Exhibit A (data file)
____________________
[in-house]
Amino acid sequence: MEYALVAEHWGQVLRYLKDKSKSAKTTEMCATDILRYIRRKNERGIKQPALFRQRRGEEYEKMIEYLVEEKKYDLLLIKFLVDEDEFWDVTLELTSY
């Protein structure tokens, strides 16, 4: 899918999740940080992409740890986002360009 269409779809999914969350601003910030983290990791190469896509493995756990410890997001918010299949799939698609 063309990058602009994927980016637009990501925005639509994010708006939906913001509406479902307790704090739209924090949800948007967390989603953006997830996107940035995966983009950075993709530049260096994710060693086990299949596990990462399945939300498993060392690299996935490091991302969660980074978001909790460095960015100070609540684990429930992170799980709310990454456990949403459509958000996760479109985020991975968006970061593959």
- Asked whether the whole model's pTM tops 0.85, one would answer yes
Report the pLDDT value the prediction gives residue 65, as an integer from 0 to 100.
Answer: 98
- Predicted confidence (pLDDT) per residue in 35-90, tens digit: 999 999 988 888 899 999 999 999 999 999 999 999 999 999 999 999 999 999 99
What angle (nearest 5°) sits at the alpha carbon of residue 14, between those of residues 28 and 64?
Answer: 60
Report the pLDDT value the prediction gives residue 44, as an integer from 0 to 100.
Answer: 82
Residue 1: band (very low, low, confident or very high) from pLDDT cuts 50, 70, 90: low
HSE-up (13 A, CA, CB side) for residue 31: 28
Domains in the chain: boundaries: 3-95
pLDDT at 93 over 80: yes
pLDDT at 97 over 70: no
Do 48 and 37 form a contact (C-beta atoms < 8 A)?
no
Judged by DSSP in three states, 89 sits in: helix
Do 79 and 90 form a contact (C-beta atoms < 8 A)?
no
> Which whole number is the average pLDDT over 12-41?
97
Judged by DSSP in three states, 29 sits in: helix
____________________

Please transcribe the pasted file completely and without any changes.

[in-house]
Amino acid sequence: MEYALVAEHWGQVLRYLKDKSKSAKTTEMCATDILRYIRRKNERGIKQPALFRQRRGEEYEKMIEYLVEEKKYDLLLIKFLVDEDEFWDVTLELTSY
């Protein structure tokens, strides 16, 4: 899918999740940080992409740890986002360009 269409779809999914969350601003910030983290990791190469896509493995756990410890997001918010299949799939698609 063309990058602009994927980016637009990501925005639509994010708006939906913001509406479902307790704090739209924090949800948007967390989603953006997830996107940035995966983009950075993709530049260096994710060693086990299949596990990462399945939300498993060392690299996935490091991302969660980074978001909790460095960015100070609540684990429930992170799980709310990454456990949403459509958000996760479109985020991975968006970061593959």
- Asked whether the whole model's pTM tops 0.85, one would answer yes
Report the pLDDT value the prediction gives residue 65, as an integer from 0 to 100.
Answer: 98
- Predicted confidence (pLDDT) per residue in 35-90, tens digit: 999 999 988 888 899 999 999 999 999 999 999 999 999 999 999 999 999 999 99
What angle (nearest 5°) sits at the alpha carbon of residue 14, between those of residues 28 and 64?
Answer: 60
Report the pLDDT value the prediction gives residue 44, as an integer from 0 to 100.
Answer: 82
Residue 1: band (very low, low, confident or very high) from pLDDT cuts 50, 70, 90: low
HSE-up (13 A, CA, CB side) for residue 31: 28
Domains in the chain: boundaries: 3-95
pLDDT at 93 over 80: yes
pLDDT at 97 over 70: no
Do 48 and 37 form a contact (C-beta atoms < 8 A)?
no
Judged by DSSP in three states, 89 sits in: helix
Do 79 and 90 form a contact (C-beta atoms < 8 A)?
no
> Which whole number is the average pLDDT over 12-41?
97
Judged by DSSP in three states, 29 sits in: helix